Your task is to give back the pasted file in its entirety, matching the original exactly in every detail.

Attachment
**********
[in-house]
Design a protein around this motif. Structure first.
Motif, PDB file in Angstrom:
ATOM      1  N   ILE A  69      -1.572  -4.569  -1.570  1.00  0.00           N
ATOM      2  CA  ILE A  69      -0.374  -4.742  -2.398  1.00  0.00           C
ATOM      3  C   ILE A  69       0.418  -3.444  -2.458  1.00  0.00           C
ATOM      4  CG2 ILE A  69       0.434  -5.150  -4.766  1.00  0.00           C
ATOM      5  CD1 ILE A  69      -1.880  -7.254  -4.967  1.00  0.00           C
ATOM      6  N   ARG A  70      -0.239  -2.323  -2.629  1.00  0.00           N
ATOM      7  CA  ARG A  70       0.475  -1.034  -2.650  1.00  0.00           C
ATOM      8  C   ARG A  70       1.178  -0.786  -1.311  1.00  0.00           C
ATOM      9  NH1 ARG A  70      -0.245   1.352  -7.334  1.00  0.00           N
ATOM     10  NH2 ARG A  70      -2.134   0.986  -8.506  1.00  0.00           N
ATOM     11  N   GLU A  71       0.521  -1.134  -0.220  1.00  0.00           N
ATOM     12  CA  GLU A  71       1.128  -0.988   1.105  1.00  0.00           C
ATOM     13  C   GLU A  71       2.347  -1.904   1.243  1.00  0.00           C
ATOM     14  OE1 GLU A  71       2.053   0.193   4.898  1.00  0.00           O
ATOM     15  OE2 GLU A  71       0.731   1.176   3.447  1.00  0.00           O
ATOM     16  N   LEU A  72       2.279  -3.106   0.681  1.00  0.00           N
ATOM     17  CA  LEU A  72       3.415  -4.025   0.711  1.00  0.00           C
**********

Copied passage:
[in-house]
Design a protein around this motif. Structure first.
Motif, PDB file in Angstrom:
ATOM      1  N   ILE A  69      -1.572  -4.569  -1.570  1.00  0.00           N
ATOM      2  CA  ILE A  69      -0.374  -4.742  -2.398  1.00  0.00           C
ATOM      3  C   ILE A  69       0.418  -3.444  -2.458  1.00  0.00           C
ATOM      4  CG2 ILE A  69       0.434  -5.150  -4.766  1.00  0.00           C
ATOM      5  CD1 ILE A  69      -1.880  -7.254  -4.967  1.00  0.00           C
ATOM      6  N   ARG A  70      -0.239  -2.323  -2.629  1.00  0.00           N
ATOM      7  CA  ARG A  70       0.475  -1.034  -2.650  1.00  0.00           C
ATOM      8  C   ARG A  70       1.178  -0.786  -1.311  1.00  0.00           C
ATOM      9  NH1 ARG A  70      -0.245   1.352  -7.334  1.00  0.00           N
ATOM     10  NH2 ARG A  70      -2.134   0.986  -8.506  1.00  0.00           N
ATOM     11  N   GLU A  71       0.521  -1.134  -0.220  1.00  0.00           N
ATOM     12  CA  GLU A  71       1.128  -0.988   1.105  1.00  0.00           C
ATOM     13  C   GLU A  71       2.347  -1.904   1.243  1.00  0.00           C
ATOM     14  OE1 GLU A  71       2.053   0.193   4.898  1.00  0.00           O
ATOM     15  OE2 GLU A  71       0.731   1.176   3.447  1.00  0.00           O
ATOM     16  N   LEU A  72       2.279  -3.106   0.681  1.00  0.00           N
ATOM     17  CA  LEU A  72       3.415  -4.025   0.711  1.00  0.00           C